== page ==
, Volume 5, Issue 1, pp 123-145,
Open Access This content is freely available online to anyone, anywhere at any time.
Date: 21 Jan 2014

Imaging in Transcatheter Aortic Valve Replacement (TAVR): role of the radiologist



Transcatheter aortic valve replacement (TAVR) is a novel technique developed in the last decade to treat severe aortic stenosis in patients who are non-surgical candidates because of multiple comorbidities.


Since the technique is performed using a transvascular approach, pre-procedural assessment of the aortic valve apparatus, ascending aorta and vascular access is of paramount importance for both appropriate patient selection and correct device selection. This assessment is performed by a multi-disciplinary team with radiology being an integral and important part.


Among imaging modalities, there is growing scientific evidence supporting the crucial role of MDCT in the assessment of the aortic valve apparatus, suitability of the iliofemoral or alternative pathway, and determination of appropriate coaxial angles. MDCT also plays an important role in post-procedure imaging in the assessment of valve integrity and position.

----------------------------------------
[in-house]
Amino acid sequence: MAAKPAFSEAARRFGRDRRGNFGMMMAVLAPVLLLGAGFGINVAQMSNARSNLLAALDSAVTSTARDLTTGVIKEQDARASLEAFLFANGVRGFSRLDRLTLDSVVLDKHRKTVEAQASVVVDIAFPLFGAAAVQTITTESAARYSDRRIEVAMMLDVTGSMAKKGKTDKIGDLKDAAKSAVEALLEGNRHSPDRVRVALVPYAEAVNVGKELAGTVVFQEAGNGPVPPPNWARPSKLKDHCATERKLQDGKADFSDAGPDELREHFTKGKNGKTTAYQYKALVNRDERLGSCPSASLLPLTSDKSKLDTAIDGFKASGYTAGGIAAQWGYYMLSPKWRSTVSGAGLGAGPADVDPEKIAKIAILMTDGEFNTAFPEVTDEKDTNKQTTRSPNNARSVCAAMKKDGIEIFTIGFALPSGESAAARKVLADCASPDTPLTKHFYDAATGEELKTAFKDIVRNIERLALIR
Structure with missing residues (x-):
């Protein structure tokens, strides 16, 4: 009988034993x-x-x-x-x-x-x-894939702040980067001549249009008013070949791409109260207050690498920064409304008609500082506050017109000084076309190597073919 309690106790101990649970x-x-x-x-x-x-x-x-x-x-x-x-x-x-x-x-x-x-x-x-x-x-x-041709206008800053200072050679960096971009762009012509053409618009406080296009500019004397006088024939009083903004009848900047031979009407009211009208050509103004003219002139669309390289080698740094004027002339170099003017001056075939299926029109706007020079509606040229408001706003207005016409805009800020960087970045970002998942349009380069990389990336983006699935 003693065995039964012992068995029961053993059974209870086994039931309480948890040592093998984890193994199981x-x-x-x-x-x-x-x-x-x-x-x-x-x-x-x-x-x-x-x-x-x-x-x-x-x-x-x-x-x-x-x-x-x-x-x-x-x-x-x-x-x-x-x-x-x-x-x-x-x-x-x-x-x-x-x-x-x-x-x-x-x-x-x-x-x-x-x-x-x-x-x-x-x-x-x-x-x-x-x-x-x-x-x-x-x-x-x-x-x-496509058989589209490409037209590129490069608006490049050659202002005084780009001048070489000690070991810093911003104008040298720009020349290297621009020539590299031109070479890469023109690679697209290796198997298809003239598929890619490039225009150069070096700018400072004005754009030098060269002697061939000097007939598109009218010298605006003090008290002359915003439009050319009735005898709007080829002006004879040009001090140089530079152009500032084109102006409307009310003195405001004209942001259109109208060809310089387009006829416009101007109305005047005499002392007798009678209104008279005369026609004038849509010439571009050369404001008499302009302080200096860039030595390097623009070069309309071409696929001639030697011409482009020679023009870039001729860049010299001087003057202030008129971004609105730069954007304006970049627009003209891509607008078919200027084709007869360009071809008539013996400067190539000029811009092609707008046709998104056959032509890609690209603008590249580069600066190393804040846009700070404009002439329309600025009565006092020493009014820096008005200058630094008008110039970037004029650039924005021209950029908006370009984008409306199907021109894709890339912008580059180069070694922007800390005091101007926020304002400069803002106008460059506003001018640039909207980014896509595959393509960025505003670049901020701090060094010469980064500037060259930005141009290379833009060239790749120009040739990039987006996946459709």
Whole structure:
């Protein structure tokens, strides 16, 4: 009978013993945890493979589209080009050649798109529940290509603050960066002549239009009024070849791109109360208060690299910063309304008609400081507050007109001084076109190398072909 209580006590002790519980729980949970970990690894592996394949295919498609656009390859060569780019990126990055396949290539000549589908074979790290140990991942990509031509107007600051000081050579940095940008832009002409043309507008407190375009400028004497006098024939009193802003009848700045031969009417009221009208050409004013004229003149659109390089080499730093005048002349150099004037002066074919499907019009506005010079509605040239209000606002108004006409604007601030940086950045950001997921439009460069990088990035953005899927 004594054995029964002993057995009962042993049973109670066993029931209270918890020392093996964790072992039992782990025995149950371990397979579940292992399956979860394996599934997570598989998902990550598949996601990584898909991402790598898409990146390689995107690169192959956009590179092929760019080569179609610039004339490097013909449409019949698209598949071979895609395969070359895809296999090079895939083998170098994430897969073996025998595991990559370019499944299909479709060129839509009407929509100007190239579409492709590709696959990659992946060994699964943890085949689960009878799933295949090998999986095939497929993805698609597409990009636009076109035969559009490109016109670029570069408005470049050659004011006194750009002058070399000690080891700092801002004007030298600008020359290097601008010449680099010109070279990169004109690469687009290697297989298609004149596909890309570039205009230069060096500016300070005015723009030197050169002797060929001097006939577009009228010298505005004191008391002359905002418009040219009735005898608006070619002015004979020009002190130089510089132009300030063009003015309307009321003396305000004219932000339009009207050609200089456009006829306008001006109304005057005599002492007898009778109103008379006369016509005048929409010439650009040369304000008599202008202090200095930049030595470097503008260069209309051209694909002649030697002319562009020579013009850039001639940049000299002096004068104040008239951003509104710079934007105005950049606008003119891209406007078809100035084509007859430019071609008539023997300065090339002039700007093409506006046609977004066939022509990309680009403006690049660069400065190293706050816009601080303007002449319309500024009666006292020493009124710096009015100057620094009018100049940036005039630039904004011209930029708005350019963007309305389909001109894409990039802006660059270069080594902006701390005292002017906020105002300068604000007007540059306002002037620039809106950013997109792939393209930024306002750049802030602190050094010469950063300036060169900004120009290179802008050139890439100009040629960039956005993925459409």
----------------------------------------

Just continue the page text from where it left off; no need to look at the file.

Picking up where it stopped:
This review outlines the principal aspects of TAVR, the multidisciplinary approach and utilisation of different imaging modalities, as well as a step-by-step approach to MDCT acquisition protocols, reconstruction techniques, pre-procedure measurements and post-procedure assessment.

Teaching Points

TAVR is a new technique to treat severe aortic stenosis in high-risk and nonsurgical candidates.

MDCT assessment of the aortic annulus is important for appropriate patient and device selection.

Multidisciplinary approach is required for patient selection, procedure planning and performance.

MDCT is required for assessment of the aortic root, iliofemoral or alternative vascular pathway.